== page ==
Lastly, remember that most wine writers receive hundreds, if not thousands of samples per year and press releases and mailings too high to count. Even if your release or wine is a stellar work of art, the press cycle may be several months or more, especially if you’re dealing with a magazine.
While no sane vintner would purposely make a poor quality wine with an ugly label and attempt to sell it at an astronomical price point, there are a surprising number of wines on the market that do not over-deliver on these three aspects. What a lot of brand owners fail to do, or fail to do well, is critically examine the inter-relationships between the wine’s packaging, price and quality. These interrelationships may be expressed with a simple ratio, the packaging: price: quality ratio, or the PPQ.
The PPQ is the “sweet spot” of wine positioning --the ideal intersection where all elements over-deliver on value and create delighted customers. Why is achieving a strong PPQ so important? Because creating and maintaining a strong PPQ will enhance your profitability. Satisfied customers may buy again. Delighted customers will buy again. And they will tell their friends about the great value they found!
To illustrate a PPQ example, let’s examine two hypothetical consumers shopping for a dinner party, “Mary”, the CFO, and “Jerry”, the dog walker. Mary selects a $50 of Pinot Noir with an elegant label. Jerry finds a $10 bottle of Zinfandel on deal with a fun, colorful design. Neither had tasted the wine before purchasing it, but both are influenced by packaging and price during the shopping trip. Essentially, they have the same goal: both want to bring home something that looks and tastes good given the money they have to spend.
Mary is disappointed when she opens a $50 bottle that looks like it costs $60 and tastes like $30. Next time she’ll choose a different bottle. Jerry, on the other hand, is delighted because his wine looks and drinks like a $20 bottle, but only lightened his wallet by $10! He’ll reveal this “deal” to everyone at the dinner party.
Notice that the PPQ is important at any price point, and that it doesn’t recommend an actual type of label design. Wine producers have varied inputs, strategies, outputs and goals. And different segments of wine drinkers have differing needs and desires. It’s a dynamic market, but the PPQ’s answer is the same: to be successful, your wine must over deliver on all three elements to effectively delight customers. To use the earlier example, five years later, when Jerry is the CEO of a national chain of dog walking businesses and he has $100 to spend, he’ll still want the same “deal”.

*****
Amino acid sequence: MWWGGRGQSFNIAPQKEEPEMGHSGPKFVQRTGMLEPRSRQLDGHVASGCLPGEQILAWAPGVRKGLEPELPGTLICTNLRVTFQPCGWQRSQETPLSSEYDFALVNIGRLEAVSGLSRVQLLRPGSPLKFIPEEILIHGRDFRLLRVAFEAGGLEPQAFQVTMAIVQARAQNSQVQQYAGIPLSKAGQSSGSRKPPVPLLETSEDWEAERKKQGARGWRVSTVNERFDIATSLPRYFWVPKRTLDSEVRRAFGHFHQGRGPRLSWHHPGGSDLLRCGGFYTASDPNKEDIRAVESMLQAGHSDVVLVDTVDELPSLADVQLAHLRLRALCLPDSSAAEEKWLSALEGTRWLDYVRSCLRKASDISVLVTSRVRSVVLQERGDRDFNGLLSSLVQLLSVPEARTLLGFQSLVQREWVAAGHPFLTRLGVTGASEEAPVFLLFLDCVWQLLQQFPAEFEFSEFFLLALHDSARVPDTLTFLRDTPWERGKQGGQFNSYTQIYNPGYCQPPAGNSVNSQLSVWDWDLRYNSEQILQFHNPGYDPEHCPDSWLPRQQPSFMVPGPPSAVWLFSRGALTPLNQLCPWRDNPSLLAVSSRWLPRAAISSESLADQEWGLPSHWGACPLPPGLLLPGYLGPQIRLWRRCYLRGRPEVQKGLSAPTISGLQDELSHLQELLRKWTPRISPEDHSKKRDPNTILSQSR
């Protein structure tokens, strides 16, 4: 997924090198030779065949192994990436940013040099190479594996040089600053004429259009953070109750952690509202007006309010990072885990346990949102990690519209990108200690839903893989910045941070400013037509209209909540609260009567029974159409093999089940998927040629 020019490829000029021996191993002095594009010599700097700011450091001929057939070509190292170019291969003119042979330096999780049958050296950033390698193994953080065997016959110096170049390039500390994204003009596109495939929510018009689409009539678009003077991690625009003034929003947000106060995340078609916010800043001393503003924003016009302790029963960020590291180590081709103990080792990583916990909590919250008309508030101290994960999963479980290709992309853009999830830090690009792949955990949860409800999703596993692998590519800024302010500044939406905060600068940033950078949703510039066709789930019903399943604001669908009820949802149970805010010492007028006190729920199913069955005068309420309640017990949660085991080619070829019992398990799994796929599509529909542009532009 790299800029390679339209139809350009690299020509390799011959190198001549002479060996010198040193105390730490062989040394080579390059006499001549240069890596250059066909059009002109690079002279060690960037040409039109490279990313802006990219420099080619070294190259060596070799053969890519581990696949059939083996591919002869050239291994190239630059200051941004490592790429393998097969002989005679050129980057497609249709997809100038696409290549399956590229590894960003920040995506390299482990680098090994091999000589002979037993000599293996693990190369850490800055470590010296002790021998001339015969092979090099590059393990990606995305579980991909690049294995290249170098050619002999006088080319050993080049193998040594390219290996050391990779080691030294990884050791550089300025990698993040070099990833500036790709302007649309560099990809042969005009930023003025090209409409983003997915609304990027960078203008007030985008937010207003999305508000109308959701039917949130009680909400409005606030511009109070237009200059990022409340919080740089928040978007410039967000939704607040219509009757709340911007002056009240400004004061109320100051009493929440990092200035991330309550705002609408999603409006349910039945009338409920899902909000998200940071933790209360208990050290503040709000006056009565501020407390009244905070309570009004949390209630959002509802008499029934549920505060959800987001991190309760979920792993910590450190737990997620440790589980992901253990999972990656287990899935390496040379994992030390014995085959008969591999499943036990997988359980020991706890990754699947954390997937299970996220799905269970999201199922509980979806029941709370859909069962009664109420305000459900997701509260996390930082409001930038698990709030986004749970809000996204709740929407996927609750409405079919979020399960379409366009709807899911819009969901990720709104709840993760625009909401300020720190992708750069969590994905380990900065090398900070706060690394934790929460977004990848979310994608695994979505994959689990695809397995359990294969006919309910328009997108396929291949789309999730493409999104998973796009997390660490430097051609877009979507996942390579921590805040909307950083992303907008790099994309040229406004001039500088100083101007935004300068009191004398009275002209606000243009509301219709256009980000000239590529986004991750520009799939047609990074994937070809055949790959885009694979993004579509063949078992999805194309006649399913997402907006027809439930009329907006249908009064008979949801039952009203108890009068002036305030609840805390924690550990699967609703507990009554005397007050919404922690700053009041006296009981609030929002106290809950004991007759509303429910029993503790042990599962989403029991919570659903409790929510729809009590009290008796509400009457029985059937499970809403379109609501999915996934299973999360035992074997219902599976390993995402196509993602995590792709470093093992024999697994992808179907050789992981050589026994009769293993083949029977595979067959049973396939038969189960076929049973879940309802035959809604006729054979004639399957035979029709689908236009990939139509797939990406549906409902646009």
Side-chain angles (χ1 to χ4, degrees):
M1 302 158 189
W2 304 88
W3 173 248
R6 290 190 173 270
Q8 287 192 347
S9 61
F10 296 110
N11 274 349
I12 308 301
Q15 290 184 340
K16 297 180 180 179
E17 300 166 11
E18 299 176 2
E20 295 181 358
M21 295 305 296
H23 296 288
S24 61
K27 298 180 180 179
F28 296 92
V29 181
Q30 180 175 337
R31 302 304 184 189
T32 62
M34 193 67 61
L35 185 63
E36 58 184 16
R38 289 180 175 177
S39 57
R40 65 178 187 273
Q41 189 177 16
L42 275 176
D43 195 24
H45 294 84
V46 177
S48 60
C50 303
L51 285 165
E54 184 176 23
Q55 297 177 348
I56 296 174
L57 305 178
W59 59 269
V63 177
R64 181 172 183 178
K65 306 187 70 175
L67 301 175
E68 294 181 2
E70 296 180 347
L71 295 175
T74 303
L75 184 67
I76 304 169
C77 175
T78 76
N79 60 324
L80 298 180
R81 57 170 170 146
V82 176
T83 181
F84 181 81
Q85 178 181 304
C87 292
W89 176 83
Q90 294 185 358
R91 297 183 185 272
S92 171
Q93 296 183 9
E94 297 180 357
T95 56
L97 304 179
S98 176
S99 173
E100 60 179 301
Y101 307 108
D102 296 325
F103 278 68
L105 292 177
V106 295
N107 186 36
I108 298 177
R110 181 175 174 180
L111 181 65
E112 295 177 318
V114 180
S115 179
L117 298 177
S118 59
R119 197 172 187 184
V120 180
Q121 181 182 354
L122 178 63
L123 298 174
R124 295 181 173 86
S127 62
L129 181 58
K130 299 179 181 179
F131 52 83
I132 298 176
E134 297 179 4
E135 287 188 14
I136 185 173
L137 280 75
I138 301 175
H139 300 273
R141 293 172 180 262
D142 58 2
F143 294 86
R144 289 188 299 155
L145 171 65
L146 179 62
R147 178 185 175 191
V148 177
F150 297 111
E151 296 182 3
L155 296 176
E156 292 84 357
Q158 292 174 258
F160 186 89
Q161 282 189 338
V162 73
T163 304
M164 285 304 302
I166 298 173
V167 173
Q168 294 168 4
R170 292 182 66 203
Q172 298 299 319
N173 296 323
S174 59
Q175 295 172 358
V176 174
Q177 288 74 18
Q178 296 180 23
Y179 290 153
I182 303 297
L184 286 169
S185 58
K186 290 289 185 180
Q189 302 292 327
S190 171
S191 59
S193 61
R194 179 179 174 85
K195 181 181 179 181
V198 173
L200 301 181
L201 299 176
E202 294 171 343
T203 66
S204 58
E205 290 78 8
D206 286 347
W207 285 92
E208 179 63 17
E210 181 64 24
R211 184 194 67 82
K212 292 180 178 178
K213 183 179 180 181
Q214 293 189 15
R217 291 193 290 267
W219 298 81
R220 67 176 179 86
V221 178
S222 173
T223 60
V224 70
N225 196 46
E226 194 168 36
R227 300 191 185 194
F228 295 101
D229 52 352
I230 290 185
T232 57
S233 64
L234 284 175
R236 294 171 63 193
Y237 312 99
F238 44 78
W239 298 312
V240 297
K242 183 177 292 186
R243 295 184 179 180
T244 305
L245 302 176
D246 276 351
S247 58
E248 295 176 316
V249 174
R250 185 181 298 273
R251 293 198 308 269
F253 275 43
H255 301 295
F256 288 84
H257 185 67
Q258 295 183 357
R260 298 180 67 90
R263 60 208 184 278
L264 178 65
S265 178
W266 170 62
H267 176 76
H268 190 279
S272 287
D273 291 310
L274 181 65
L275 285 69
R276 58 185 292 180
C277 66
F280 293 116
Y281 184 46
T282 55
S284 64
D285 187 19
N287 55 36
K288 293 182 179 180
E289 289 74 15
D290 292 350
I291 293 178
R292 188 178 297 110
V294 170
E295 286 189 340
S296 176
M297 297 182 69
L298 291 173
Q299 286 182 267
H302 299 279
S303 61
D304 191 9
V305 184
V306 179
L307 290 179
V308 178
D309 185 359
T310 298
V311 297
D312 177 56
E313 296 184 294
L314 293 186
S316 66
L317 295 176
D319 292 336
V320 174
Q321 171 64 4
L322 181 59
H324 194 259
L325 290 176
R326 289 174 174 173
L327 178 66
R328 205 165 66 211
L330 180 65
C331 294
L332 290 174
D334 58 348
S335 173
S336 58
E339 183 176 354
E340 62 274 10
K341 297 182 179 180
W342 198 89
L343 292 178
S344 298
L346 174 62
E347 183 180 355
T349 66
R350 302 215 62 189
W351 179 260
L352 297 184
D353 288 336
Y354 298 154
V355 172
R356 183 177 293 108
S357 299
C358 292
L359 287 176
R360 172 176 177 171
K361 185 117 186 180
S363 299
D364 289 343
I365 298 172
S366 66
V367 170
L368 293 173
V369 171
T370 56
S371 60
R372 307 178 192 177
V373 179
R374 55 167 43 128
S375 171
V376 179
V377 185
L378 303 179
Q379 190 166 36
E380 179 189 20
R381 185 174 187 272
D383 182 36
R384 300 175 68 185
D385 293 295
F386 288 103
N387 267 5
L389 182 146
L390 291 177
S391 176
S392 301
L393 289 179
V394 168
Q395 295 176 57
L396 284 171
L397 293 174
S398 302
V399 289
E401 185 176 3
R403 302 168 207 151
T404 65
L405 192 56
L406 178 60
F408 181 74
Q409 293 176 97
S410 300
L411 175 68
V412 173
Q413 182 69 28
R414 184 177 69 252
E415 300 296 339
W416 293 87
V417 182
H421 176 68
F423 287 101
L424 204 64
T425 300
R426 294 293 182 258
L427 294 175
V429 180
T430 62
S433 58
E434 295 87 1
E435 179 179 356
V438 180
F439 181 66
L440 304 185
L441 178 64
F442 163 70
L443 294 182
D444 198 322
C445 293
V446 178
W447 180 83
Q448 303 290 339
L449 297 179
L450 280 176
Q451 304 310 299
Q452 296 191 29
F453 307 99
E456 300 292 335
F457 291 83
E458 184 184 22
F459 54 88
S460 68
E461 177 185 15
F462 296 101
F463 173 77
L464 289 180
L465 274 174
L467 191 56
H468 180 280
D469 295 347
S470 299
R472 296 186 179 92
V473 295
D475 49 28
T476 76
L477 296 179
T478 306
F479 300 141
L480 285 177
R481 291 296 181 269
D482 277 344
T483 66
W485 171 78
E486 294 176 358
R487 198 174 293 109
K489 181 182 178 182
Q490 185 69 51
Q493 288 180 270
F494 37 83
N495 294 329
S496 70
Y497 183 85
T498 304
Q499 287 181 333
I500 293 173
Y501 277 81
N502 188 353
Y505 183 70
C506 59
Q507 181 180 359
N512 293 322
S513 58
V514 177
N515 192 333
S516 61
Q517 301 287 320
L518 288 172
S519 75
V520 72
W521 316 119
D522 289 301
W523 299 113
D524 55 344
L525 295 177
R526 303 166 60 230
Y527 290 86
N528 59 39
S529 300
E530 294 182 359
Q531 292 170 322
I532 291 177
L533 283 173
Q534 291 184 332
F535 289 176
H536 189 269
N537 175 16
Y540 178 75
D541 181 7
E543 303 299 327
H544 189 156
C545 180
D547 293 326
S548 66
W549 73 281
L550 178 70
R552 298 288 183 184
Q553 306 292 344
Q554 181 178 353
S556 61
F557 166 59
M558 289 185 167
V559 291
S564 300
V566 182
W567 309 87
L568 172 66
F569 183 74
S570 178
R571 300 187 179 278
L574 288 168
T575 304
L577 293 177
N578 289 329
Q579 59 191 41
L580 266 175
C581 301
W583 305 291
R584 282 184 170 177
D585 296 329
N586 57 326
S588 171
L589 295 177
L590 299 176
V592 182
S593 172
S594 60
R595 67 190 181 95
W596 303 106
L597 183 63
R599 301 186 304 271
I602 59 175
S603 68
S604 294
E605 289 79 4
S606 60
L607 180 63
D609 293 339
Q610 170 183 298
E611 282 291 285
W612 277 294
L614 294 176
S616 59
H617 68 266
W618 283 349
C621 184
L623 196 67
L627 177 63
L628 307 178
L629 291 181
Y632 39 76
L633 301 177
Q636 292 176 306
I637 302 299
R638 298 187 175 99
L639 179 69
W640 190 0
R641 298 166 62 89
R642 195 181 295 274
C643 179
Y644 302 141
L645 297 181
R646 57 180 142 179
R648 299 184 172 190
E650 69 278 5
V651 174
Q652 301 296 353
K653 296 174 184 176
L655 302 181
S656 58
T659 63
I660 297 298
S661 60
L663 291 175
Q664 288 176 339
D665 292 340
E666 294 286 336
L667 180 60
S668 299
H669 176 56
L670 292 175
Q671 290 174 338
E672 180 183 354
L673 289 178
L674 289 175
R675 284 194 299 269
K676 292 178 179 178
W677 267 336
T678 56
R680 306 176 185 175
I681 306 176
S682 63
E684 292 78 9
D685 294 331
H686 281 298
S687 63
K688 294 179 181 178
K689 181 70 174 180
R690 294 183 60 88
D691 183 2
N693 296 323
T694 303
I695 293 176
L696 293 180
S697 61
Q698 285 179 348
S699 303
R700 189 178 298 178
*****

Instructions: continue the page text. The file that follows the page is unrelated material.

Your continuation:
So how does a smaller wine producer effectively compete on the PPQ? First, she is aware of the importance of the inter-relationship between the three elements. Second, he evaluates his packaging and pricing decisions in the context of the actual quality in bottle. Third, he actively fights the little discussed but rampant disease plaguing the industry (house palate, or the tendency to drink only “house” wine after becoming a vintner) and visits wine shops and restaurants, tasting frequently. And finally, she seeks a qualified opinion from an industry expert trained in ideal positioning and market strategy.
Business planning is one of those things we all know we should do, like taking our vitamins and eating plentiful amounts of spinach. And like our efforts to rise from a comfortable slumber at five in the morning to pound the pavement for heart health, it often takes a back seat to life’s other more pressing matters -- like hitting the snooze button.
There are also numerous seemingly good excuses for not planning, including “lack of time,” “it’s difficult”, “need to sell/do versus think/plan”, and my favorite, “too small to have to worry about it”. Just as “the dog ate my homework” didn’t work in grammar school, “I don’t have time to plan” doesn’t work in today’s competitive wine market.
There are thousands of wine brands from which to choose, each with its “unique” offering of “top quality”, “amazing fruit” and a “passionate owner/winemaker”. So it takes a set of brand differentiators to set you apart from the competition. And while a high Parker or Spectator score may attract attention, “getting a high score” is not a sustainable business model. What happens when your wine gets a dreaded 89?!! And more importantly, how does your 90+ point wine stand out from all of the others in a sea of brands?
All too often, small wineries start with a great name or look in mind, fall in love with the industry, and figure that the rest will “happen”. While that may work for a few lucky souls, for the majority of us, success requires work. The good news is that business planning is not as complicated as you may think. Sure, it requires time and energy, but you’re doing this because you love wine, right? Selling it and doing so profitably is even more fun than loving it!
There are three crucial questions and set of related sub-questions that every small winery should ask regarding its wine brand:
1. Where am I now? Do I have a unique brand story that is meaningful to me? Does it connect with all of my communication – verbal, written and visual? Do I know what differentiates me from the competition? Who is my target customer base?
2. Where do I want to be? Number of cases? Number of markets? Key accounts? Certain distributors or websites? What will my growth look like? Will it be in terms of numbers of cases or enhanced profitability?
3. How will I get there? What percentage will be sold over the web versus by hand versus through wholesalers? What types of customers will I target? How will I reach them? What types of media will best drive my customers to buy? How will I get and keep media attention? Who is going to do what?
After answering the above questions, small wineries are in a much enhanced position from which to move forward on all aspects of communication and business planning. These answers in essence lead to your brand’s mission (or what it provides) and vision (or what it strives to be). After those two steps are tackled, the strategy part begins.